The executive view on DevOps: We understand it…just not how it fits into mobility

The executive view on DevOps: We understand it…just not how it fits into mobility

The executive view on DevOps: We understand it…just not how it fits into mobility

0 comments 📅17 February 2016, 02:45

The executive view on DevOps: We understand it…just not how it fits into mobility

Exclusive DevOps – the software development method that aims to remove the silos between development and operations departments – has been around the block for a while now. In the enterprise, there is evidence to suggest organisations are getting a keener understanding of DevOps practices. But do executives understand how DevOps can fit in to enterprise mobility?

Well, yes and no. According to survey results published by Red Hat and TechValidate on behalf of Enterprise AppsTech, the response among organisations went right across the board. 26% of the 114 global Red Hat customers surveyed said they were using DevOps to support mobility projects, 24% said they didn’t see a role for DevOps in mobility projects, while 15% said they understood DevOps but didn’t see its role in mobility. One in five (21%) said they didn’t even understand the term.

Clearly, not everyone is pulling in the same direction. Steve O’Keefe is product line manager for mobile and JBoss middleware at Red Hat. He argues the industry needs to do better in communicating the benefits of DevOps, and how it fits in.

“I think the industry is going through a ‘what does it really mean’ [time],” he explains. “Any time you overlap two existing roles and trying to coin another term I think it gets confusing, and that’s what the results reflect.”

O’Keefe opines over what he would say to the 15% who admitted they understood DevOps, but didn’t see its role in mobility. He says it’s straightforward: does your organisation have mobile developers who want to go from project conception to a fully developed, deployed app in a week? Does your organisation have historic Java EE or .NET developers who go in two year updates and believe there’s a six month requirement gathering stage, a six month planning stage and a six month development and testing stage? If yes, how do they both work together?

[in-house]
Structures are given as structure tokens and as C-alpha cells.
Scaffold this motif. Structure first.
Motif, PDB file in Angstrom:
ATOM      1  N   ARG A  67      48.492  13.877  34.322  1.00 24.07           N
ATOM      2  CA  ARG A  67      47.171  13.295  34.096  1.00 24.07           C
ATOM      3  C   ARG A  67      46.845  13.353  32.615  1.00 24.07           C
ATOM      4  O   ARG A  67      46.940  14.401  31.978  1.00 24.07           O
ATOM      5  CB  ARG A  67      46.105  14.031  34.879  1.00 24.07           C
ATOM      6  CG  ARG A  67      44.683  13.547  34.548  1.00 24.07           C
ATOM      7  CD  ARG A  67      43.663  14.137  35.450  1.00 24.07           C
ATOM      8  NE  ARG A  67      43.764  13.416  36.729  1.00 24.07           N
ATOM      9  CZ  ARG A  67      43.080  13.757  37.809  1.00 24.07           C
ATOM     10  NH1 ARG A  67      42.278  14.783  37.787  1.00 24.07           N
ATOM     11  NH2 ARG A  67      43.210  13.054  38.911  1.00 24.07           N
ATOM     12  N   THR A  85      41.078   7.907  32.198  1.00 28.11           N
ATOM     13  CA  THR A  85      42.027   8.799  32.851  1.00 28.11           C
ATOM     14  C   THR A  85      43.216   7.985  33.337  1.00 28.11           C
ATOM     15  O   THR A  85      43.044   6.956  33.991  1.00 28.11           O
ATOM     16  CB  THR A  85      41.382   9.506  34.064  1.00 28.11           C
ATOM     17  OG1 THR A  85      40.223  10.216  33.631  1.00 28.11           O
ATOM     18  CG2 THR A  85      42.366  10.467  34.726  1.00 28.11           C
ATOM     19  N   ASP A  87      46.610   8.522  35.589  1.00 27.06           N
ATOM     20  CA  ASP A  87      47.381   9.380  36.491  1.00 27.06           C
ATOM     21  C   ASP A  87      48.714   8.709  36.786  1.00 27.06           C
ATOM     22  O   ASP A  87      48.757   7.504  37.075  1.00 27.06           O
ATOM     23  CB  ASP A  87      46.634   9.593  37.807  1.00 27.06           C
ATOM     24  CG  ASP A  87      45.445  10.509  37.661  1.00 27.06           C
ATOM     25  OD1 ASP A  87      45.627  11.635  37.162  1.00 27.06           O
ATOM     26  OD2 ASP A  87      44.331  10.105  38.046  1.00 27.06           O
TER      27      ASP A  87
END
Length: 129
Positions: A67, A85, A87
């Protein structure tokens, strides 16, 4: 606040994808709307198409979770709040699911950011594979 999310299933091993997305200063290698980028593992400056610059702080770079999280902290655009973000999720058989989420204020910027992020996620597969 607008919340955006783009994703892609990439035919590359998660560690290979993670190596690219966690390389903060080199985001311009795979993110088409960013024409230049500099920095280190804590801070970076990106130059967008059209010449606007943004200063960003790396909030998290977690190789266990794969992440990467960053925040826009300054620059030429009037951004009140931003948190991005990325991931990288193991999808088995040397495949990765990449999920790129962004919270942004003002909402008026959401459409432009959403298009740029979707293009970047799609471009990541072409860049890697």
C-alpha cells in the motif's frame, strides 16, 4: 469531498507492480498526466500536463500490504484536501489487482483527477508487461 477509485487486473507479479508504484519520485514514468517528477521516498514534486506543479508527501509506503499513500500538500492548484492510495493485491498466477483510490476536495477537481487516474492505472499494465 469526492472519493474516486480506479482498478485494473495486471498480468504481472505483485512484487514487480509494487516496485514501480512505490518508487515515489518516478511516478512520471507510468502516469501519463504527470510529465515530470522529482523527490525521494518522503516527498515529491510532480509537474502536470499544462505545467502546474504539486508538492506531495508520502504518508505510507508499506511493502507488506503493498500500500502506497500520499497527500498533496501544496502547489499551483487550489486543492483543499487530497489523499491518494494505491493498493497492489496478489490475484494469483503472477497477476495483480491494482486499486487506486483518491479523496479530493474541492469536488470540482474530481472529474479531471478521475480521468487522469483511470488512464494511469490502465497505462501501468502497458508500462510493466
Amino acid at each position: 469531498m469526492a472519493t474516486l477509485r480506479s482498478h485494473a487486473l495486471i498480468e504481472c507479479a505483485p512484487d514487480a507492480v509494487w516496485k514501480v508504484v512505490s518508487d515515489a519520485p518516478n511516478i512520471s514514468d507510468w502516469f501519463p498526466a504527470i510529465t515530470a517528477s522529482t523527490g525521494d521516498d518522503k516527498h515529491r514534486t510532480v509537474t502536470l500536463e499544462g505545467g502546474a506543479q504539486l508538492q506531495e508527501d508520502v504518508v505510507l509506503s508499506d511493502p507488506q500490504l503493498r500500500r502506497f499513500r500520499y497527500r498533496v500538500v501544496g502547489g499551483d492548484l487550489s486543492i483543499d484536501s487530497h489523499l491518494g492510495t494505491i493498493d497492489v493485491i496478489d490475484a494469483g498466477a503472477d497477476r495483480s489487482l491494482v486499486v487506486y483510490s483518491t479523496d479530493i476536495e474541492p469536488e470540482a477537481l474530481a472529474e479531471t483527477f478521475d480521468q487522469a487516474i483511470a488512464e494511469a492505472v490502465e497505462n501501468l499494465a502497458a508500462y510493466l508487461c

The Red Hat exec is quick to note the importance of both sides of the coin. “You have different developers that work in different modes, and on different projects, and rightly so,” O’Keefe says. “I don’t want my core system changing every week. I’m comfortable with both of those ends, how do I get them to work together? I think that’s where DevOps comes in, managing the different paces and speeds, and the collaborative environment.

“To me, the results say that hasn’t happened yet,” he adds. “You probably still have mobility off on its own island, and you have enterprise systems on their own island, and there’s friction in communicating.

“That’s our challenge – to explain to the market the role of mobility in catalysing this idea of DevOps.”

Back in March, Red Hat issued a bullish four point manifesto on how businesses – with Red Hat, naturally – could succeed in the ‘mobile-first’ economy. One of these bullet points involved collaboration in two-track IT environments; using mobile as the catalyst for building a “fast IT” organisation.

Not unrelated to that is the concept of mobile centres of excellence; bringing mobile across the whole organisation instead of appointing a ‘head of mobility’, or worse, a ‘chief mobility officer’. It’s a topic which Cathal McGloin, previously CEO at FeedHenry and now VP mobile platforms at Red Hat, has spoken about to this publication previously.

For O’Keefe, the survey results represent the next step of the strategy, which continues to be fine tuned. “I don’t think we just threw a dart at the board and hit the bullseye,” he jokes. “But this is a further evolution of that strategy. We’ve got to communicate that there’s a better way to do some of these things; there’s a better way to do the collaboration, there’s a better way to think of backend integration.”

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